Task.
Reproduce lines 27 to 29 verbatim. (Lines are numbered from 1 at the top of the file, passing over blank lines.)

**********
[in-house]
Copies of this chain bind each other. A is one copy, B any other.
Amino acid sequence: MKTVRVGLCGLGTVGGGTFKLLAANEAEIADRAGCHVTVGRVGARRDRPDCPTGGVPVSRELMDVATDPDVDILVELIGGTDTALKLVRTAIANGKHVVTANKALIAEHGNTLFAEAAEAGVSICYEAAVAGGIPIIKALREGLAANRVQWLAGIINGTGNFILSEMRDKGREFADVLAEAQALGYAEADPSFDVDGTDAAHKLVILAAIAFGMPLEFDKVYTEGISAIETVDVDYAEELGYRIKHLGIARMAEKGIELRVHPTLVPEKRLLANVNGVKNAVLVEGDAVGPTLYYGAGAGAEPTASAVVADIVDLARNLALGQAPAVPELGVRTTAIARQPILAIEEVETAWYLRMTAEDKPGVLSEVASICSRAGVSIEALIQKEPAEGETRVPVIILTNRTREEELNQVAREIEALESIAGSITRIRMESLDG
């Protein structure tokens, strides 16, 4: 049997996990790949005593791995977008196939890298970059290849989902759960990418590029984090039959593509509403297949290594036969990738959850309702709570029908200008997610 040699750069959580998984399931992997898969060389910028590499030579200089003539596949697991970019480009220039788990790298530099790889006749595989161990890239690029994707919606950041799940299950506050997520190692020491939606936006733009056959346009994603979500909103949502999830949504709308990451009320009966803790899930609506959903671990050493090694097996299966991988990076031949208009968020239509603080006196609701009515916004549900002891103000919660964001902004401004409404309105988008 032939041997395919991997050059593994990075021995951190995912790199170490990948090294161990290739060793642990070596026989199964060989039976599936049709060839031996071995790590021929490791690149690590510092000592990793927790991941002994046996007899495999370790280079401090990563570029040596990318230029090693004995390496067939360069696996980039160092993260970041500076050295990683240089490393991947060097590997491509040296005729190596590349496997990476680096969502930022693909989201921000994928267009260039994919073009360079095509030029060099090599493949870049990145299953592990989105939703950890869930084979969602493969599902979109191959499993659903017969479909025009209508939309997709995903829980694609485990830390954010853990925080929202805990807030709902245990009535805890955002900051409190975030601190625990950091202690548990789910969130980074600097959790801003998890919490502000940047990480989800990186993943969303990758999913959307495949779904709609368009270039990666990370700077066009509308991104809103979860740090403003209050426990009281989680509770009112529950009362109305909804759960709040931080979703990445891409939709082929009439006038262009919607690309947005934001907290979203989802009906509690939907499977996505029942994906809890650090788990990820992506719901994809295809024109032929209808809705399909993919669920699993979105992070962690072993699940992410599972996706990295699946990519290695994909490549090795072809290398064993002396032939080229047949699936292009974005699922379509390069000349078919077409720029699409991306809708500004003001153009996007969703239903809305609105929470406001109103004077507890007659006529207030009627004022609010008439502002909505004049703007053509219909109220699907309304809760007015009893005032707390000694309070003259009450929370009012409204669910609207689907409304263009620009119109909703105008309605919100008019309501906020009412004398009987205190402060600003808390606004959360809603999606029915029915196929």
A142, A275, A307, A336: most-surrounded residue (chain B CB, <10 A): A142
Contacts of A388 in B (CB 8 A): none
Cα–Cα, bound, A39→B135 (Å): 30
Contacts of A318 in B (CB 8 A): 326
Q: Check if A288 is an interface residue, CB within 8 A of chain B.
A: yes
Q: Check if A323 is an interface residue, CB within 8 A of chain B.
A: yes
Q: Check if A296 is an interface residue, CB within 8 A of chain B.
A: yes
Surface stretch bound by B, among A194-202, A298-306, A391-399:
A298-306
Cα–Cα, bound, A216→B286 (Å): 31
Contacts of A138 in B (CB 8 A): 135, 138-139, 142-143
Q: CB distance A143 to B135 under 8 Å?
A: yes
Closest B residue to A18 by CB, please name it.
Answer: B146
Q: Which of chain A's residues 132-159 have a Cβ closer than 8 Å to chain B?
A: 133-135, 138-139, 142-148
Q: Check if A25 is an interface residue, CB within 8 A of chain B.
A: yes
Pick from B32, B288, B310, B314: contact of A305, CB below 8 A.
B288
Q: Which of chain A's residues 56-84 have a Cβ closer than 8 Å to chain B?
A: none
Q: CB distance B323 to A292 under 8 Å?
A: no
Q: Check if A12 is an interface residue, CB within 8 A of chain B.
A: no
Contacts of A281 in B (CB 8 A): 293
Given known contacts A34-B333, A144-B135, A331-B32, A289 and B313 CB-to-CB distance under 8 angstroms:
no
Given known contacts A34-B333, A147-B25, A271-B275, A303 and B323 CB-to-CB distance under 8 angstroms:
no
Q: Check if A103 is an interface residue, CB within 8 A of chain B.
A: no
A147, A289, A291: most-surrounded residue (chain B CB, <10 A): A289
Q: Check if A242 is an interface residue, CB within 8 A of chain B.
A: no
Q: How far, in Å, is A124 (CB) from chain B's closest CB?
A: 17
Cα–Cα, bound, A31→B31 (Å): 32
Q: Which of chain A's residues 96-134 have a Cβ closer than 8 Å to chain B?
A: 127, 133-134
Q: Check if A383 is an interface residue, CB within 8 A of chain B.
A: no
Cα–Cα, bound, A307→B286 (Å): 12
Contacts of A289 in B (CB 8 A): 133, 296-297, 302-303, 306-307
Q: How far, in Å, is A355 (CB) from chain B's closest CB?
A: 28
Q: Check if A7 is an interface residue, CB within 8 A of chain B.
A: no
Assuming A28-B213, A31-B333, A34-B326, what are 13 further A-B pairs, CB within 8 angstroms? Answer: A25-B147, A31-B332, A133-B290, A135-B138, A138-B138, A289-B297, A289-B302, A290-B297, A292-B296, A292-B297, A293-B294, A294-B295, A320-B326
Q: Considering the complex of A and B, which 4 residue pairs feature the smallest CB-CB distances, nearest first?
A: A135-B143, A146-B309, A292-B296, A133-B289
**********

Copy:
Pick from B32, B288, B310, B314: contact of A305, CB below 8 A.
B288
Q: Which of chain A's residues 56-84 have a Cβ closer than 8 Å to chain B?